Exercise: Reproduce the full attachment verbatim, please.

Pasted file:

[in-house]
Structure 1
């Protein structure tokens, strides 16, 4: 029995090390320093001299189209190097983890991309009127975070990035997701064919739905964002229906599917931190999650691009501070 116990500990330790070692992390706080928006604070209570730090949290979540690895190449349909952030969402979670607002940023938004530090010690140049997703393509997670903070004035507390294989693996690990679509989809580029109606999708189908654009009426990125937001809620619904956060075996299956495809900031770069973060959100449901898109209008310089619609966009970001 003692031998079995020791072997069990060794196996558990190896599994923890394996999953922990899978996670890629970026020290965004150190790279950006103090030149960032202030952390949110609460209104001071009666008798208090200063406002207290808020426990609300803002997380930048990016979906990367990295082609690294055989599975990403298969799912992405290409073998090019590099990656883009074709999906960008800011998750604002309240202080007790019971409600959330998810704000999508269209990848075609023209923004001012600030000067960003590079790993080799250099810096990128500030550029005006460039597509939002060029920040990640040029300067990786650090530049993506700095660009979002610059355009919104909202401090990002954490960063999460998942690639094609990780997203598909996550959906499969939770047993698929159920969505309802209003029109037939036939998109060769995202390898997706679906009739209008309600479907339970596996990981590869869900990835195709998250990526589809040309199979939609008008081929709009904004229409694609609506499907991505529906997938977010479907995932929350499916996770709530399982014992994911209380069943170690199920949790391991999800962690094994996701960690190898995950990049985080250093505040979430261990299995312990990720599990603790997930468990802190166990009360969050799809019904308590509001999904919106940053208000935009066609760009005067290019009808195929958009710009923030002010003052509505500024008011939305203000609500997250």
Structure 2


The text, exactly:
[in-house]
Structure 1
């Protein structure tokens, strides 16, 4: 029995090390320093001299189209190097983890991309009127975070990035997701064919739905964002229906599917931190999650691009501070 116990500990330790070692992390706080928006604070209570730090949290979540690895190449349909952030969402979670607002940023938004530090010690140049997703393509997670903070004035507390294989693996690990679509989809580029109606999708189908654009009426990125937001809620619904956060075996299956495809900031770069973060959100449901898109209008310089619609966009970001 003692031998079995020791072997069990060794196996558990190896599994923890394996999953922990899978996670890629970026020290965004150190790279950006103090030149960032202030952390949110609460209104001071009666008798208090200063406002207290808020426990609300803002997380930048990016979906990367990295082609690294055989599975990403298969799912992405290409073998090019590099990656883009074709999906960008800011998750604002309240202080007790019971409600959330998810704000999508269209990848075609023209923004001012600030000067960003590079790993080799250099810096990128500030550029005006460039597509939002060029920040990640040029300067990786650090530049993506700095660009979002610059355009919104909202401090990002954490960063999460998942690639094609990780997203598909996550959906499969939770047993698929159920969505309802209003029109037939036939998109060769995202390898997706679906009739209008309600479907339970596996990981590869869900990835195709998250990526589809040309199979939609008008081929709009904004229409694609609506499907991505529906997938977010479907995932929350499916996770709530399982014992994911209380069943170690199920949790391991999800962690094994996701960690190898995950990049985080250093505040979430261990299995312990990720599990603790997930468990802190166990009360969050799809019904308590509001999904919106940053208000935009066609760009005067290019009808195929958009710009923030002010003052509505500024008011939305203000609500997250």
Structure 2